′English losing importance in Europe,′ EU leader says before switching to francais | News | DW | 05.05.2017
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'English losing importance in Europe,' EU leader says before switching to francais

Jean-Claude Juncker switched to French during a speech as he said, "English is losing importance in Europe." The chief EU Brexit negotiator, however, spoke in English, as he prioritized the rights of EU citizens.

European Commission President Jean-Claude Juncker addressed a "state of the union" meeting of EU officials, local leaders and students in Italy on Friday, taking time to choose his language: "I'm hesitating between English and French. But I've made my choice," he said. "I will express myself in French because slowly but surely English is losing importance in Europe."

Juncker speaks French, German, English and his native Luxembourgish. In his light-hearted speech in Florence, he said his choice of French was timed for remarks ahead of Sunday's French presidential run-off vote and "I would like them to understand what I'm saying." 

"Despite the successes and despite the growth, our British friends have decided to leave the EU, which is a tragedy," Juncker said, adding that while the EU has its weaknesses, the British decision to leave would have profound effects. "They are abandoning the European Union, and this is a difference that will be felt over the next few years."

Read: A Brexit for English as EU language?

Großbritannien Theresa May und Jean-Claude Juncker (Reuters/H. McKay)

UK Prime Minister Theresa May with Jean-Claude Juncker - most likely speaking English

Merkel commitment

Speaking in Hamburg on Friday, German Chancellor Angela Merkel repeated her commitment to conducting Brexit talks "fairly and constructively." She said Germany would push to "create clarity and planning security as quickly as possible" for EU residents in Britain, who include about 100,000 Germans.

Calling for unity, Merkel said the EU must "limit the damage that Britain's withdrawal could bring for the European Union as a whole if the withdrawal and transition did not succeed."

Brexit negotiator makes his point - in English

Participating at the same conference in Italy as Juncker, Frenchman Michel Barnier, the EU's head Brexit negotiator, said he preferred to speak in English as it was "equally important for me to be understood by the British people."

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Barnier mirrored Merkel's comments as he said a priority in the Brexit talks would be to guarantee rights for the 3.2 million EU citizens living in Britain and the 1.2 million Britons living in EU member states. He gave a series of examples of the possible effects of Brexit on EU workers currently in Britain.

The EU Brexit negotiator said, "The European Council has decided that preserving the rights of EU citizens and families will be the priority, will be my priority."

Barnier made it clear the Council "will not discuss our future relationship with the UK until 27 member states are reassured that all citizens will be treated properly and humanely."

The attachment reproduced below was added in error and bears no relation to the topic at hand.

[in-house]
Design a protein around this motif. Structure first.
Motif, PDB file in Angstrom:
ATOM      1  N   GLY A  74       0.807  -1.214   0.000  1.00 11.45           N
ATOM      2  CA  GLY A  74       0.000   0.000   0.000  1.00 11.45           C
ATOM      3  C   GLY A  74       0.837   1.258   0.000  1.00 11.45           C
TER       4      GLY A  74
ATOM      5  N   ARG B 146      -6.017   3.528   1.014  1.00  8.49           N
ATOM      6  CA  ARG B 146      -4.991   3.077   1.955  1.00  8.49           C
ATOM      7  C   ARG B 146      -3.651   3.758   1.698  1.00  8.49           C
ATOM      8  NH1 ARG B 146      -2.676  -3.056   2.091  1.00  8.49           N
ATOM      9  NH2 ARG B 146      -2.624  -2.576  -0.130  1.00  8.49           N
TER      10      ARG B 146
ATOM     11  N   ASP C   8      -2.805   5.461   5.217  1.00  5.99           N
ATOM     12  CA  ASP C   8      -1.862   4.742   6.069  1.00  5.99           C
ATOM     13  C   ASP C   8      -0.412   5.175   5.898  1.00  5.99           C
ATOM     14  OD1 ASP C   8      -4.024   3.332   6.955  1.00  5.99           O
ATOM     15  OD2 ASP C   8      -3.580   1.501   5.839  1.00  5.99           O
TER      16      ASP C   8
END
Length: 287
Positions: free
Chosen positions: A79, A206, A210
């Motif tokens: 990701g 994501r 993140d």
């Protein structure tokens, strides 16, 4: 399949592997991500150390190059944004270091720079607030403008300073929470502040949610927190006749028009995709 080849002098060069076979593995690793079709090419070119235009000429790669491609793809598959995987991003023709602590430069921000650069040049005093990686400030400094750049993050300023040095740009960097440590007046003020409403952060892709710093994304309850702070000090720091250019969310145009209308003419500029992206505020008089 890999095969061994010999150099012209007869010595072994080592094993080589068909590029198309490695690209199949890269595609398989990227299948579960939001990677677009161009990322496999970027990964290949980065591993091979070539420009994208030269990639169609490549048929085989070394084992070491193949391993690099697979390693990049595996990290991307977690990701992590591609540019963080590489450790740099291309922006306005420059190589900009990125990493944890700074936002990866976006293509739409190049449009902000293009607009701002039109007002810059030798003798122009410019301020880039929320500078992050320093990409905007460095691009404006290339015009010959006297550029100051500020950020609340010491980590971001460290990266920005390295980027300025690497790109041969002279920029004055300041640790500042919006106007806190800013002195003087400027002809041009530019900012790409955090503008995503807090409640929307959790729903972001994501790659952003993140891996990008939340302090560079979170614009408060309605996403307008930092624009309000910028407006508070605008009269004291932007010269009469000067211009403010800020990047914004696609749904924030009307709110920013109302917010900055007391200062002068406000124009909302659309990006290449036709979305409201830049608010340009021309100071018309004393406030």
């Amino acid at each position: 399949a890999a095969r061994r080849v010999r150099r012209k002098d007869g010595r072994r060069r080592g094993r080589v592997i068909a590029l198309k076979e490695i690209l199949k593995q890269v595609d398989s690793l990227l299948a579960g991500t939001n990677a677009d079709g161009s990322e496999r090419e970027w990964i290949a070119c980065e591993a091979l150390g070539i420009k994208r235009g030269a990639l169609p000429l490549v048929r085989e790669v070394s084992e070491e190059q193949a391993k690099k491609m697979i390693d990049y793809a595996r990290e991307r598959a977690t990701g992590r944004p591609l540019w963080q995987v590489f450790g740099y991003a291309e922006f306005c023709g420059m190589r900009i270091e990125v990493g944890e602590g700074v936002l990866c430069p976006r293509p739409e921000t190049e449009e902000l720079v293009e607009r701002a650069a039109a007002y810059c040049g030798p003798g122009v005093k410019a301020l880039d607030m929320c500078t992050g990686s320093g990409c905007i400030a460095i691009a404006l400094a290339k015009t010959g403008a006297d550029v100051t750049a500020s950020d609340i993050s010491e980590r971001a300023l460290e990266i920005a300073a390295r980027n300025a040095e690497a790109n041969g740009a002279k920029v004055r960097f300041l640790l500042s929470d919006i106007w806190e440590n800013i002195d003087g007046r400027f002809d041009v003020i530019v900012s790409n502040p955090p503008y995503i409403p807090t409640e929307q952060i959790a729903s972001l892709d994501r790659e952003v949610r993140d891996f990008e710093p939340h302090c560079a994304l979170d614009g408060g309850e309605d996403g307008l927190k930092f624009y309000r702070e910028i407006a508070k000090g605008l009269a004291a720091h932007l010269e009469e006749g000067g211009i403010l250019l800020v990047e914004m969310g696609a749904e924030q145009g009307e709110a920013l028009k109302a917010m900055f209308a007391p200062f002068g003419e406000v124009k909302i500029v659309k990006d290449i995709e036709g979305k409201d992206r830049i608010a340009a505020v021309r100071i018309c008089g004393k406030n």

"Nevertheless we can be certain that Brexit will inevitably entail a number of negative consequences," Barnier said. "This is not a question of 'punishment.' These negative consequences simply follow logically from the choice made by the British people."

Secret talks?

Barnier dismissed suggestions from London that the Brexit talks should be kept secret.  "I will do everything in my power to ensure that information on the negotiations is made public so that an informed debate can take place," he said on Friday.

Both Barnier and Juncker attended a meeting in Downing Street with British Prime Minister Theresa May last week after which information was given to the "Frankfurt Allgemeine Sonntag" (FAS) newspaper with Juncker quoted as saying "I leave Downing Street 10 times more skeptical than before."

Brüssel Lettland EU-Dolmetscherin Iveta Kantrima-Zelmene (DW)

There are 24 officials and working languages in the EU

Language barriers

The inability of UK politicians and officials to speak publicly in anything other than their own language has long been an issue in the European Union - where 24 official languages have been used for the 28-member bloc.

The first official language policy of what was then the European Community in 1958 identified Dutch, French, German and Italian as the official working languages. The UK only joined in 1973, but over the years English became a main working language of EU institutions and officials in Brussels and Strasbourg and at the European Central Banks in Frankfurt. English gradually replaced French from 2004 after a number of former eastern bloc states joined the EU.

It is unclear whether English will be retained as a working language within the EU after 2019 when the UK leaves. About half of adults in Europe are believed to speak the language.

With a permanent staff of 1,750 linguists and 600 support staff, the Commission has one of the largest translation services in the world, bolstered by a further 600 full-time and 3,000 freelance interpreters.

jm/sms (Reuters, AFP)

 

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